In the midst of writing the post, I decided to double-check one of my "hints" and it yielded big results. Not yet another branch of long-gone ancestors, but this time a living sister of my mother that everyone suspected existed, a child nobody knew the name of. She was on the Internet wanting to find out what kind of person her father was, but was misspelling his very distinctive name by one letter. He died when she was four, back in 1970.
That was one hint: Google common misspellings of your ancestors' names in quotation marks.
By Googling (in quotes) the names of all of my great-grandparents born in the United States, I found that in every case, way-distant relatives had already done the genealogy going back sometimes hundreds of years. It didn't work when I typed in my grandparents' names, only my great-grandparents.
Another hint on Googling your ancestors is to Google them by their initials. I learned from the 100 year old news that a fellow named "Arthur Samuel Preston" is as often as not referred to in print as "Mr. A. S. Preston." Names are often abbreviated, too. " George Philip Sharp" is "Geo. P. Sharp", Jonathan is Jno., Thomas is Thos., etc. Make sure and Google "J. Thos. Caldwell" as well as "J. T. Caldwell" and "Jas. T. Caldwell" along with any geographical information you know.
Also, try Googling your ancestors last name first ("Preston, Arthur S.").
Millions of researchers have uploaded their genealogy databases into RootsWeb's World Connect project. Search for the names of all of your grandparents and great-grandparents here.
You'll see the three entries above for "Arthur Samuel Preston" bearing basically identical information. That means he's turned up in the GedCom (genealogy software) databases of three different WorldConnect users. Make sure and click on all of the links, even if it looks like it will hold the same information. Then just keep following the Father and the Mother back in time.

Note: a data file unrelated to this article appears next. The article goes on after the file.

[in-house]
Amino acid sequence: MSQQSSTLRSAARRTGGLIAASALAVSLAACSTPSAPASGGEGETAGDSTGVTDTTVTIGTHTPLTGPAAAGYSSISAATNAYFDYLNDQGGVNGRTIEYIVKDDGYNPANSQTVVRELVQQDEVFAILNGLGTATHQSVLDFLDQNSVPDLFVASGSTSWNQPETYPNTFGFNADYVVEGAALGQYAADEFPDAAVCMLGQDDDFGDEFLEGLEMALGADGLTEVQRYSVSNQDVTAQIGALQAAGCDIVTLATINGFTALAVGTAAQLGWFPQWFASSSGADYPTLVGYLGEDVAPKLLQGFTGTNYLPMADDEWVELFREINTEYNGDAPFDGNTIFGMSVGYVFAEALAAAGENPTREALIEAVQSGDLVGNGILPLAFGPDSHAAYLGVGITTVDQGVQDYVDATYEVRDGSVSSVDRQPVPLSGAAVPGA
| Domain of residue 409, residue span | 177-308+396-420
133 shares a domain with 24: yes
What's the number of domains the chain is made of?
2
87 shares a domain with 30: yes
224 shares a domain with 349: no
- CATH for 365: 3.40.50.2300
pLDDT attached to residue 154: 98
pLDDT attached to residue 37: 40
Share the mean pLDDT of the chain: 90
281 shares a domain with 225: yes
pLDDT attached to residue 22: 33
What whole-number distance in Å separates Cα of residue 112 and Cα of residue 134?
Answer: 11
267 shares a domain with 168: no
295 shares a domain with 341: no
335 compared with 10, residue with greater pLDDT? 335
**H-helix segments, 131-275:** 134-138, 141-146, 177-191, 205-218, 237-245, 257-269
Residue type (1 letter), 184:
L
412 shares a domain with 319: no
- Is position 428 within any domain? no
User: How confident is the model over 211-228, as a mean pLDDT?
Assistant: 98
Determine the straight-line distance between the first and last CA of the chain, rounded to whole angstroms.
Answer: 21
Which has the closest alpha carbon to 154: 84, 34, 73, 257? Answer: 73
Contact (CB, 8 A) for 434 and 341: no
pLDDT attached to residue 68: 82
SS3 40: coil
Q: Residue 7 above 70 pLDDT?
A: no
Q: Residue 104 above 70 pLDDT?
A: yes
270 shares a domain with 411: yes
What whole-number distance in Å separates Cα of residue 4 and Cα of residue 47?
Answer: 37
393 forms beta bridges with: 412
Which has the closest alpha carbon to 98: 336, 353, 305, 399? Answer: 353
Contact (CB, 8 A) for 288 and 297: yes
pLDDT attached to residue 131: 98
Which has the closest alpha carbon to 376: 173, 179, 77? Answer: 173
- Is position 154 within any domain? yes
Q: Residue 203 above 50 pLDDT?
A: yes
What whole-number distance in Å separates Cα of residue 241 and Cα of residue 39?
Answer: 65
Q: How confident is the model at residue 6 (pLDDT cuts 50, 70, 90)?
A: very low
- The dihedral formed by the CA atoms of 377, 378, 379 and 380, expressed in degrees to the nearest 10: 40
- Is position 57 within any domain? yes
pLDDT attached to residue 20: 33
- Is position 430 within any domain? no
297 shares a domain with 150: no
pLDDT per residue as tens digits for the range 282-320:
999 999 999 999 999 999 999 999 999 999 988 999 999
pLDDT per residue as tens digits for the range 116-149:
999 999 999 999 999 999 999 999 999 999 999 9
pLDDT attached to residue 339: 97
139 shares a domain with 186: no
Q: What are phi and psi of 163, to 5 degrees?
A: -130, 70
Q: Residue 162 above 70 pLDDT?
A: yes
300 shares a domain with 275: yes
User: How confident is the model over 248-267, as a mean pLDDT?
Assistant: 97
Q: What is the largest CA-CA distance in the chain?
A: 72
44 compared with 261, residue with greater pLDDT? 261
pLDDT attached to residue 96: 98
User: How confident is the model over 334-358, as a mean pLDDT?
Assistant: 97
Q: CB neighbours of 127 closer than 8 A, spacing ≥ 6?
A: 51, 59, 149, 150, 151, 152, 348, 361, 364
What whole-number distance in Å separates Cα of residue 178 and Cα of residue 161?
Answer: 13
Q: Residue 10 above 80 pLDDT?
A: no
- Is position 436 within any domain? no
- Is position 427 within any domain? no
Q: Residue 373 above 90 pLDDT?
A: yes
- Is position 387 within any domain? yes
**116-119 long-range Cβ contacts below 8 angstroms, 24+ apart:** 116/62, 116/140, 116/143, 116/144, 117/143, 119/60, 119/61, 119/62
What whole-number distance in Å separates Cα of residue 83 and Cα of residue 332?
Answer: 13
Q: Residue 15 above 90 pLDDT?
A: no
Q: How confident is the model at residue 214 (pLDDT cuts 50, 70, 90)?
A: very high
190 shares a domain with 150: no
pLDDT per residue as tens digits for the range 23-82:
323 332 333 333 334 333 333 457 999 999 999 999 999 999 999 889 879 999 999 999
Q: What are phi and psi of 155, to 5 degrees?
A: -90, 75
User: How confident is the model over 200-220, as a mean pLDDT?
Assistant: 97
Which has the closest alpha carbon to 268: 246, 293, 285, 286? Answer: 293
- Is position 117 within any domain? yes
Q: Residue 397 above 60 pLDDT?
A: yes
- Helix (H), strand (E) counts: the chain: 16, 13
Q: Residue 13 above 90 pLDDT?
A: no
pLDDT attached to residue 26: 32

Some researchers' databases go much further back than others. Sometimes you'll have twenty different entries for the same ancestor, but check them all, especially if you get stuck. If you get to a complete dead end, just do a new World Connect search on the last ancestor where it leaves off. Chances are, that ancestor will turn up in several other users' GedComs. Notice, too, the different spelling of Preston's father's name in one of those entries. Run all the various and possible spellings through RootsWeb, especially once you've got dates and locations, and Google 'em, too!
Pretty soon the number of names of ancestors will become daunting. When I started, I think I knew the names of seven of my eight great-grandparents and that was it. Now I have hundreds of named ancestors, with a potential for thousands if I get back to spending lots of time on it.
To keep track of them all, I'm using the free, amazing, and excellent Family Tree Builder software from MyHeritage.com.
Here's another hint: Google Books. Google has scanned and made available the texts of millions of obscure local histories, and I have found extremely valuable information about many ancestors therein. Searching by initials works very well here, too.
Ancestry.com is probably the most valuable resource for genealogy researchers on the Internet, but I've found that doing the legwork on Rootsweb and Google helps me to make the most of Ancestry's databases (and their 2-week free trial if you don't want to become a paid subsriber).
Ellis Island immigration records are available free online. If your ancestor had a "funny foreign name" like some of my people, it was likely spelled phonetically by the immigration clerk working the door to the land where the streets were paved with gold, so take advantage of their "alternate spellings" and "sounds like" searches.
A place with a lot of free census records is http://www.us-census.org/. They are done in text, but if you do a Ctrl-F to search for the names it makes it very easy to find them.